We Can Dig it or

…leave it for the next turn of a farmer’s plow, the next shopping mall, highway, used car lot, tornado, flood or earthquake.  We can dig it or let it succumb to the elements, the next fracking well, quarry, man made lake or for all eternity.  Then again we can dig it and share it with the public, or wait for that government funded archaeological expedition to discover it, dig it, analyze it, write about it, then store it away in a university or museum basement.

Frankly I am tired of hearing the archaeological community talk about context i.e., nothing should be disturbed less all things historical will be destroyed.  Check!  Got it! Over and  out!  Bottom line…they do not want you, I or anyone to bother an as yet unknown, unidentified, undesignated, nameless and “what just might be” historic site.  You see, only they can do this and only when they have the time and money.  Of course no one knows when the hell this might be but you know, “sometime” in the future?

Question!  How many visitors to a museum do you think really give a rat’s ass about context?  What percentage…50%, 10%, 2%?  What do you think?  I am guessing that the only folks who care about context  are archaeologists.  Yes they have gone to school, studied hard, earned their degrees, but by and large their profession is based on a lot of guesswork and assumption.  Better than nothing?  Sure it is but let’s not pretend it’s an “exact” science.

Second question!  Should we litter our planet with bottlecaps, pulltabs, gum wrappers, plastic and styrofoam so that two hundred years from now archaeologists can determine that we lived in the “slob” era, circa 2014?  Given the definition of context I guess we should….

Okay, my take and one that I am sure will put me on the archaeological hit list…

As detectorists, we can enjoy our pastime, find things of historic significance, share them with the public, make them known to the academics or we can all just disappear.  That of course is what the archaeological community would prefer. They don’t like us because we disturb the “context” but more to the point, they hate it when someone without a degree, someone who  perhaps never even graduated high school, someone just having fun, finds a Staffordshire hoard or Crosby Helmet.  You see these things should be left where they are in the hopes that sometime in the future an archaeologist (with a government grant of course), will somehow, someway, inexplicably, accidently stumble upon them.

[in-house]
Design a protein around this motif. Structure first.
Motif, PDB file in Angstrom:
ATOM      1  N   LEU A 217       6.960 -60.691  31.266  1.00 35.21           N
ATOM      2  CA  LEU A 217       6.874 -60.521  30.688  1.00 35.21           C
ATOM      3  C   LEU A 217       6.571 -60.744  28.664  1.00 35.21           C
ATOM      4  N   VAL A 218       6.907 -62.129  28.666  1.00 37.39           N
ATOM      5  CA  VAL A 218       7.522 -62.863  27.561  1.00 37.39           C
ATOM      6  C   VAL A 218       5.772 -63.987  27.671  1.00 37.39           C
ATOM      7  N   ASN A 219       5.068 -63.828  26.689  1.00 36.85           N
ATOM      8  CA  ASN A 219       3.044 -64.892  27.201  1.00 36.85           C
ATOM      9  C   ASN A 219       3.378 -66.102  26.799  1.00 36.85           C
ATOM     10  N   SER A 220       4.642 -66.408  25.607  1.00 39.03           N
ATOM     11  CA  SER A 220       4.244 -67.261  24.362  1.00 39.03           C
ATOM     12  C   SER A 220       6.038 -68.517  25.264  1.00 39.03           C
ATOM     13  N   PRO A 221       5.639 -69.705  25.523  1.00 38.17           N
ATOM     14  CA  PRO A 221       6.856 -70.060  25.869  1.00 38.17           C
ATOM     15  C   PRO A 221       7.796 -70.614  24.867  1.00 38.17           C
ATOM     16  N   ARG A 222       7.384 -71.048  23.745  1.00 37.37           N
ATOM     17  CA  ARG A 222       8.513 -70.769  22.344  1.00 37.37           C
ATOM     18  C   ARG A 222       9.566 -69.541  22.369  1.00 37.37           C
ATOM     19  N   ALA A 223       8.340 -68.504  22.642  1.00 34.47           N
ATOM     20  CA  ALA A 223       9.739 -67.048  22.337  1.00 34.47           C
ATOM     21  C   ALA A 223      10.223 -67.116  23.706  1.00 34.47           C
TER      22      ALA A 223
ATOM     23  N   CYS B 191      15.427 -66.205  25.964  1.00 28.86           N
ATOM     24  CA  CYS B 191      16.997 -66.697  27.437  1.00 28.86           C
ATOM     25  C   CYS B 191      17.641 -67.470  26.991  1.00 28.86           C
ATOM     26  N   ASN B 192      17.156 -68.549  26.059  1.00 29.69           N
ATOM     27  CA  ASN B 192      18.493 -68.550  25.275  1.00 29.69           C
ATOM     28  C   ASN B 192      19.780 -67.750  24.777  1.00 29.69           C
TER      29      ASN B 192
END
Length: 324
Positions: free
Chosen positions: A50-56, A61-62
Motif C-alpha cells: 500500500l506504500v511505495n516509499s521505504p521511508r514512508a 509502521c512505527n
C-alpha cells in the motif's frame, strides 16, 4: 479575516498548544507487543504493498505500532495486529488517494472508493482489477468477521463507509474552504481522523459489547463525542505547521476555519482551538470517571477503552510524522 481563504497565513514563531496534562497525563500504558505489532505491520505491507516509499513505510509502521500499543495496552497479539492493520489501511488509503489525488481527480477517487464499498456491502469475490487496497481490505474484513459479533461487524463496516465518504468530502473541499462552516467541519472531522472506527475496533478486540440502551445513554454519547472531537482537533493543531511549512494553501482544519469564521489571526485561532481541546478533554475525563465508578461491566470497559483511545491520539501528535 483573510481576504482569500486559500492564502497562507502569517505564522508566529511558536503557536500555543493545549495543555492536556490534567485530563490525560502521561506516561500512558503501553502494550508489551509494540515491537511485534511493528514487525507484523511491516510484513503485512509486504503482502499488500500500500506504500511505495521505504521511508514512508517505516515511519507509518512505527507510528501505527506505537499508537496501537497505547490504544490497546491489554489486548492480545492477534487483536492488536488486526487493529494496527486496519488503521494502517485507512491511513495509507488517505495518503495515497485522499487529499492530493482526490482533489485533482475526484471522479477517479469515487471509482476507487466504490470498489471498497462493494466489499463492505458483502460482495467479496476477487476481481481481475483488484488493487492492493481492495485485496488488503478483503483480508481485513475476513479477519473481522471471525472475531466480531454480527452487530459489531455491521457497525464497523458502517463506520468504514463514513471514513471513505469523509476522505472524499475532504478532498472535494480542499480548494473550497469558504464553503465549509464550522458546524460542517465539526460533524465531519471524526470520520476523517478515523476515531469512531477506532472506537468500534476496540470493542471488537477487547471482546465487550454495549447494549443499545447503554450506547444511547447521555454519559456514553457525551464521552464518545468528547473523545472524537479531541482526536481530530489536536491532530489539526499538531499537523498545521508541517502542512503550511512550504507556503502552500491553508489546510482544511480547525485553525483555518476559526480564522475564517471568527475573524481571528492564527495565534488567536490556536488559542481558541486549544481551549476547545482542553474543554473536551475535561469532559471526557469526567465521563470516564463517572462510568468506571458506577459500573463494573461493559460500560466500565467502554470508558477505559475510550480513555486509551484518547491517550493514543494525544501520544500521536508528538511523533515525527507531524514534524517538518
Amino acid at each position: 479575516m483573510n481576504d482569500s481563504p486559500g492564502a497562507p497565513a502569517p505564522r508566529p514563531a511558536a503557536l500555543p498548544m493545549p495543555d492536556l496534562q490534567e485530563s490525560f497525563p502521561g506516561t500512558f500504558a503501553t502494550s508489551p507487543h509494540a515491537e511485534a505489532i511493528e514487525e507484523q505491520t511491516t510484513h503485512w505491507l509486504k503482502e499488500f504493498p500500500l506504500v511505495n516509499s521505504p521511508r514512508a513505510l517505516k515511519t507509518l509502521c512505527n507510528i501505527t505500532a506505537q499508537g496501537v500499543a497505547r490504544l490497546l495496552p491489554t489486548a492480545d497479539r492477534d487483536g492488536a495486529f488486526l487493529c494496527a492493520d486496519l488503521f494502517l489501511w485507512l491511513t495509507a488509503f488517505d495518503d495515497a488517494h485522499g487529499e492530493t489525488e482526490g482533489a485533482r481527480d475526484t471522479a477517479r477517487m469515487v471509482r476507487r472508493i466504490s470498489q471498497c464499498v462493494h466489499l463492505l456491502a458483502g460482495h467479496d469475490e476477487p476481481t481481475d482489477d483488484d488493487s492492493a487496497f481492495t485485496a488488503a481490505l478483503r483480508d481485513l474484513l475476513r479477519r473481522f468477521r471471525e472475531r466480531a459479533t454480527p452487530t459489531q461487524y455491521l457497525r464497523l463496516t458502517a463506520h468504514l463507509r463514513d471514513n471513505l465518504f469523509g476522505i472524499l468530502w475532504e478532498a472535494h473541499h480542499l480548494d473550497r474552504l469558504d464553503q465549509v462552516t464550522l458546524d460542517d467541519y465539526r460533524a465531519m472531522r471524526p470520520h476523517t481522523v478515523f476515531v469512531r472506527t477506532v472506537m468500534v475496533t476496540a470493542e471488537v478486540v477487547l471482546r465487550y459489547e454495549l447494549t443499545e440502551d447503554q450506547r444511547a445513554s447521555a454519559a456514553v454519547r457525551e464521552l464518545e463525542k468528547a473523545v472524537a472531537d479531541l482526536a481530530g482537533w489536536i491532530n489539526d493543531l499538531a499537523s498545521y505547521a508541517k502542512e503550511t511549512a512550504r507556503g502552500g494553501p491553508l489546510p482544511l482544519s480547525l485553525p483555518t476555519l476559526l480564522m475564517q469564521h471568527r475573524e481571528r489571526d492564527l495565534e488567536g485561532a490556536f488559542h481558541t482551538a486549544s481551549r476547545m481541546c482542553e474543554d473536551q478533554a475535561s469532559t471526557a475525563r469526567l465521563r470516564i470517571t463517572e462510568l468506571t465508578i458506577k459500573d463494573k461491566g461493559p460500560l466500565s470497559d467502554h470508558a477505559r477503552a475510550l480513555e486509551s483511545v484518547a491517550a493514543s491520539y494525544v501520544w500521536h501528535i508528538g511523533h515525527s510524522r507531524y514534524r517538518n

Hmm, yeah, right….

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CALLING ALL YOU GALS

Almost a month ago to the day I was chatting up Allyson Cohen’s plan to do a calendar of women detectorists, and she is indeed working on it.  So if any of you gals are interested please read the Detecting Diva’s latest blog post here….

THE DETECTING WOMAN CALENDAR

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30 Comments

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30 responses to “We Can Dig it or

  1. Preach on! Government needs to find a way to make money on artifacts, not waste it on bunch of slackers taking 6 months to move 10 yards of dirt with a paintbrush. (ouch)

    • Jamie I don’t have a problem with that so much as I do with them trying to paint us as looters, thieves, etc.. Those that don’t you can count on the fingers of one hand.

  2. Before commencing an excavation, arkies usually employ a mechanical digger to remove the first three to five feet of topsoil — the same topsoil — in which metal detectors find casual losses. When the metal detector appears on the market that will find a coin at even three feet down, I shall beat a path to the retailer’s door.
    ‘Context’ is a useful Red Herring when applied to detecting. Any contextual evidence present in the mechanically- dug topsoil is destroyed. What the arkies should be doing to preserve ‘context’ is to brush their way down the three to five feet. Failure to do this, is by their argument against detectorists, wanton, professional vandalism.

    • Lisa MacIntyre

      FYI…I have never had the pleasure of employing a “mechanical digger”. Every single grain of dirt I have removed has either been by shovel or trowel and every load of dirt is screened. I have also found a lot of “context” within a foot of the surface.